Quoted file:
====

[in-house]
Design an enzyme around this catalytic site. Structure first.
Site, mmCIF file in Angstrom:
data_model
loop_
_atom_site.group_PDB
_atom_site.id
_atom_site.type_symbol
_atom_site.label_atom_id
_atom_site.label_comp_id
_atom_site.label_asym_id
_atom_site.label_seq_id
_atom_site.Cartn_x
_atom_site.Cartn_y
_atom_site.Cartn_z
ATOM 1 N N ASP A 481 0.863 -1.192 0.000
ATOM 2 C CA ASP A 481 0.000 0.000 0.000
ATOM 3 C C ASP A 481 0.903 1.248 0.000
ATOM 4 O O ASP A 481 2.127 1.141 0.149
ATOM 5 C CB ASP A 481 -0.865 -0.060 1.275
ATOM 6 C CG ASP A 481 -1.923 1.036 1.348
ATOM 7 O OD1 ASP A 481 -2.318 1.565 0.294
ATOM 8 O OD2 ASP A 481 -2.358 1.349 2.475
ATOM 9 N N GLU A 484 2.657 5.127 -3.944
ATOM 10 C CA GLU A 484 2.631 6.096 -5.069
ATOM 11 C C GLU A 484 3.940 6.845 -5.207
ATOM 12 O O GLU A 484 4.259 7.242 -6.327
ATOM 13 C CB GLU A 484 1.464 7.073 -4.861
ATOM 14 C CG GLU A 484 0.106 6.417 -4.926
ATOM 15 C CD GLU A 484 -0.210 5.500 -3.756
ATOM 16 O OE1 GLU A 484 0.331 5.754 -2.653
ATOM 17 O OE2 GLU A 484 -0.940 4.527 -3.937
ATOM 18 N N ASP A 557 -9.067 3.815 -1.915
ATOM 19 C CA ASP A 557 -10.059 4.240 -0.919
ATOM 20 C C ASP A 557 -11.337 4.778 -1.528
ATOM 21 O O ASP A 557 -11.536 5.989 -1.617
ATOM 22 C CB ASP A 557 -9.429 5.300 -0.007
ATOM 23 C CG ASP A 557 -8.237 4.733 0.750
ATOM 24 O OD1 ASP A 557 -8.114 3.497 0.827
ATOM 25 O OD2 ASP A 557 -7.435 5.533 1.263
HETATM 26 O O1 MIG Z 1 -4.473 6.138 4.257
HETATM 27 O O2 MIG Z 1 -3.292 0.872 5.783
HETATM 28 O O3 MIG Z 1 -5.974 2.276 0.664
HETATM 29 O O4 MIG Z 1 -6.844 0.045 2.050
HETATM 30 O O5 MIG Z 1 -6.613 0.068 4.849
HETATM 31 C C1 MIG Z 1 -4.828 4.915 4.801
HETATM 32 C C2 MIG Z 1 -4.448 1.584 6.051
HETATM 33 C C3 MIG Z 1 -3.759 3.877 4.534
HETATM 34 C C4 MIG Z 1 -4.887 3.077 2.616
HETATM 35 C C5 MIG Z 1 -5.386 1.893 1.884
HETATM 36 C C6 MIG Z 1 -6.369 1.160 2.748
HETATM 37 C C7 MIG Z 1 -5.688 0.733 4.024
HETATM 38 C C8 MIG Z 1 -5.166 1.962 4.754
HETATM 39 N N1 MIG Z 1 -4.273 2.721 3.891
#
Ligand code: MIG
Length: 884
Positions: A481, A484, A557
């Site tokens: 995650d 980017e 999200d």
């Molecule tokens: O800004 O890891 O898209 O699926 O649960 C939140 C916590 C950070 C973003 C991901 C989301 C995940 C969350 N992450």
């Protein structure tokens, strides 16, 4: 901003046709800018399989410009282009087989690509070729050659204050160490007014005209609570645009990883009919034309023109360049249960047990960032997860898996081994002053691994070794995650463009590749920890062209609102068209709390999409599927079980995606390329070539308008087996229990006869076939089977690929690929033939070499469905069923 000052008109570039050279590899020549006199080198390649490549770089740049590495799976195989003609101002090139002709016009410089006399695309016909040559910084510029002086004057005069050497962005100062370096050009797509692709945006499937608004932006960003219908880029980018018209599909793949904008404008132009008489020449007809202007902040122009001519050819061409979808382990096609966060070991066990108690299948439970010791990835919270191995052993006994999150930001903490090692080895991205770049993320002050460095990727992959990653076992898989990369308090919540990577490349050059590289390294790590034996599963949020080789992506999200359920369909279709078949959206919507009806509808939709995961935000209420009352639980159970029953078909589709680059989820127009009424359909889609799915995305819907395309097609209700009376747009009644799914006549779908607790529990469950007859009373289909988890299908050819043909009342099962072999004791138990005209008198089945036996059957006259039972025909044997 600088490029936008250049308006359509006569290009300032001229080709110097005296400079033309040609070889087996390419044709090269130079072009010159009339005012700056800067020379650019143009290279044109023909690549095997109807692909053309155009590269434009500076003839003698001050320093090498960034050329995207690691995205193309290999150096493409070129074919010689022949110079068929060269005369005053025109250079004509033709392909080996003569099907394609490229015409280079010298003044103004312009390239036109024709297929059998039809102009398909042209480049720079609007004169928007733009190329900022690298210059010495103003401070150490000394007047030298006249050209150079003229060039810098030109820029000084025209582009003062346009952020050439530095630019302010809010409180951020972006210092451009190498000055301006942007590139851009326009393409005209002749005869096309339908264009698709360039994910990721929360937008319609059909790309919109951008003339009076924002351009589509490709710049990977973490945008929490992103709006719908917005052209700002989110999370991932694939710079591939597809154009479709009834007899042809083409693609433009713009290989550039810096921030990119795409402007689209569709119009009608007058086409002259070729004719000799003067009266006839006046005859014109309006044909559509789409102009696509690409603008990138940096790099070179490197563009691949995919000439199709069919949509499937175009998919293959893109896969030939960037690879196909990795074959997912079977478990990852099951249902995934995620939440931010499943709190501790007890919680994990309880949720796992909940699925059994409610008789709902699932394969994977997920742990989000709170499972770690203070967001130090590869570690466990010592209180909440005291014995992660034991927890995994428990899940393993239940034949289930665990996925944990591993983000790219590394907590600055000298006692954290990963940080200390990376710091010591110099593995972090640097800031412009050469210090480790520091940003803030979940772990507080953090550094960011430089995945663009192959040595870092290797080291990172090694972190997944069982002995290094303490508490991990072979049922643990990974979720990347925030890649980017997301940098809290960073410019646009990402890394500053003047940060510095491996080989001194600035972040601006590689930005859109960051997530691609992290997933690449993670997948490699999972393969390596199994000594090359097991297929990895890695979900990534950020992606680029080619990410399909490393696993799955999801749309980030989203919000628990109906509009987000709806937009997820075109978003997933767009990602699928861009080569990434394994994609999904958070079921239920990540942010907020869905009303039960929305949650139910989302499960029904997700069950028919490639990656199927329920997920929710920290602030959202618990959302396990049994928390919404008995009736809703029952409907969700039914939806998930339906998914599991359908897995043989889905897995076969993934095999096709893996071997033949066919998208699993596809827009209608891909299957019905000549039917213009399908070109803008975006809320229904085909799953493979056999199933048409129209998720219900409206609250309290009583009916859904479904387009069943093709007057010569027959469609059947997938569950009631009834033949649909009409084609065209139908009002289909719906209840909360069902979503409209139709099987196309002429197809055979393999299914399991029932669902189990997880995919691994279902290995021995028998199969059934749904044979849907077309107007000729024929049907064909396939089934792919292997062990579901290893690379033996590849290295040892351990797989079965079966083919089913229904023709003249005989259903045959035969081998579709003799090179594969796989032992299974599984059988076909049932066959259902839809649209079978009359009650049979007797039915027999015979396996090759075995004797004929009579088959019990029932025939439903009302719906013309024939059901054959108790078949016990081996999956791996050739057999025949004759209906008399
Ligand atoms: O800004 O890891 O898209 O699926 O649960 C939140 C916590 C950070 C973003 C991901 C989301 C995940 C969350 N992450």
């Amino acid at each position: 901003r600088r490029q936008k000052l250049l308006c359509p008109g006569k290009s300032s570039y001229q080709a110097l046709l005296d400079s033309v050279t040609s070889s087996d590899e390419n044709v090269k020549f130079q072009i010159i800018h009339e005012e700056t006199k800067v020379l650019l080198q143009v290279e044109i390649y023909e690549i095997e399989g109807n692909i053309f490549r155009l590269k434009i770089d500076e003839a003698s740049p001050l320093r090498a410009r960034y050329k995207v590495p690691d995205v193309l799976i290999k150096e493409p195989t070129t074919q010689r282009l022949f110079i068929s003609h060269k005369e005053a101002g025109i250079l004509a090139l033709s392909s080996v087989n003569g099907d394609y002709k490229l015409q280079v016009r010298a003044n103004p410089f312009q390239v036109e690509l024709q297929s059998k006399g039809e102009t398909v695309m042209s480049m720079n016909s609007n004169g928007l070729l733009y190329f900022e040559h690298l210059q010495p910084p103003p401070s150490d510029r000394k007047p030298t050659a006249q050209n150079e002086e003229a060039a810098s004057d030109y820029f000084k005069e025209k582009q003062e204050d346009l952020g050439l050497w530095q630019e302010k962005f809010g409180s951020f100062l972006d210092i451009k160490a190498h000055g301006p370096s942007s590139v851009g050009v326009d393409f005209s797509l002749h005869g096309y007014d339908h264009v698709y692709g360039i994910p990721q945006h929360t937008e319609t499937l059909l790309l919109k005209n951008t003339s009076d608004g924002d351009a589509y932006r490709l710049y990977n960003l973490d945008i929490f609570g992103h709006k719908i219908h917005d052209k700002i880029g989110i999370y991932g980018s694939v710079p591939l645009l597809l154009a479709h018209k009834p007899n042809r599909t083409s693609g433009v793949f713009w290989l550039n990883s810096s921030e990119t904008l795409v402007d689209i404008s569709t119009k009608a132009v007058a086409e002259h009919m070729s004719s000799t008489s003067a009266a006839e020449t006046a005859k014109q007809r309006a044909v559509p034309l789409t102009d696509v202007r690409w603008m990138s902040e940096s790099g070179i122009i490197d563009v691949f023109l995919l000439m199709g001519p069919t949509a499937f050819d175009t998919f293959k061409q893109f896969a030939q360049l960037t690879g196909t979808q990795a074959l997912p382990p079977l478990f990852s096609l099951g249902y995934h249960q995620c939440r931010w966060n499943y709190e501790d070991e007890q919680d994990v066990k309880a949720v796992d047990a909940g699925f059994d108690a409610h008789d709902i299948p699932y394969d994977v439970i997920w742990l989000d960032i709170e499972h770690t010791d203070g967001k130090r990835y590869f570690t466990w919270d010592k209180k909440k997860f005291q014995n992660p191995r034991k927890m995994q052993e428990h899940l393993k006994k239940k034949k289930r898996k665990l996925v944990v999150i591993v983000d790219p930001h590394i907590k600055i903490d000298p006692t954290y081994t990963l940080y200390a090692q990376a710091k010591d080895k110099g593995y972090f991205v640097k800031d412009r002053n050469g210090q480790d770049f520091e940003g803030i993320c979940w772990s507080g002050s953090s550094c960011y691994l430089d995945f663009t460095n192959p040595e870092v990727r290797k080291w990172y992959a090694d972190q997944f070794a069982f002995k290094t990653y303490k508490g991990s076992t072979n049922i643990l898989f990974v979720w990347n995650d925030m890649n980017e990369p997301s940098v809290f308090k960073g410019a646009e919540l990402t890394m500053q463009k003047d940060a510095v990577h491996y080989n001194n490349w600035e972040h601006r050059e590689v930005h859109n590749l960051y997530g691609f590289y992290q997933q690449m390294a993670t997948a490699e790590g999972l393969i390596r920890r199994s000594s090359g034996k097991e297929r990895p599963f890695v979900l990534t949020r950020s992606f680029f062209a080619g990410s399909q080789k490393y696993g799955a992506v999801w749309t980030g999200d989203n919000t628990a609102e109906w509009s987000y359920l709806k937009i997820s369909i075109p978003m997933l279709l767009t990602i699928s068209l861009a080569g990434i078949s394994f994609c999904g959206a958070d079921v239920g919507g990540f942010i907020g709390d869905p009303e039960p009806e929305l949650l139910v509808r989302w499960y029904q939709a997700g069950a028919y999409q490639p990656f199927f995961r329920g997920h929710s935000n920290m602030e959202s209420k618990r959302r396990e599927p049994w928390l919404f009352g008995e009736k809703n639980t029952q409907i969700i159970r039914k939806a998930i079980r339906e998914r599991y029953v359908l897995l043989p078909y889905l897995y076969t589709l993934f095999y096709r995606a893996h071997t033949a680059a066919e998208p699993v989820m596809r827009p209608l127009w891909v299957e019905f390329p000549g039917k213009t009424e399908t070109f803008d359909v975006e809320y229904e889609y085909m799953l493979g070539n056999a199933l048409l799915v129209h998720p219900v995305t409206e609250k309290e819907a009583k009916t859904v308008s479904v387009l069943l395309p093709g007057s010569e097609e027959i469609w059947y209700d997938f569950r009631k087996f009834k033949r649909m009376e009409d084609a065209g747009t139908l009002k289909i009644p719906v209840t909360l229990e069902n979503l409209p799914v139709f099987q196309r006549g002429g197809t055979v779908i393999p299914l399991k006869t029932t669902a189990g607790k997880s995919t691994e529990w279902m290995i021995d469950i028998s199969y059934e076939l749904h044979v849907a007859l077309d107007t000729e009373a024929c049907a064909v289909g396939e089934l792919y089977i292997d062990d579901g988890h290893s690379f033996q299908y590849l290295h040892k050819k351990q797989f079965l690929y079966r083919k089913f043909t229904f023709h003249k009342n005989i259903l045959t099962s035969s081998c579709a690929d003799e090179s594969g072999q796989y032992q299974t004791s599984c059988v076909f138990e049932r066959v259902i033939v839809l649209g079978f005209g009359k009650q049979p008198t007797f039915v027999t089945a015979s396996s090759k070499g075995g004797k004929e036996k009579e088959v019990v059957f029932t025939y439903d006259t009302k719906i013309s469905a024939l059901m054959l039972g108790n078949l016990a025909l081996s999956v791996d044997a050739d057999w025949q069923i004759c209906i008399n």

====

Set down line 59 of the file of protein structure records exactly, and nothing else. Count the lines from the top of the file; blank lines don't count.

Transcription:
């Site tokens: 995650d 980017e 999200d």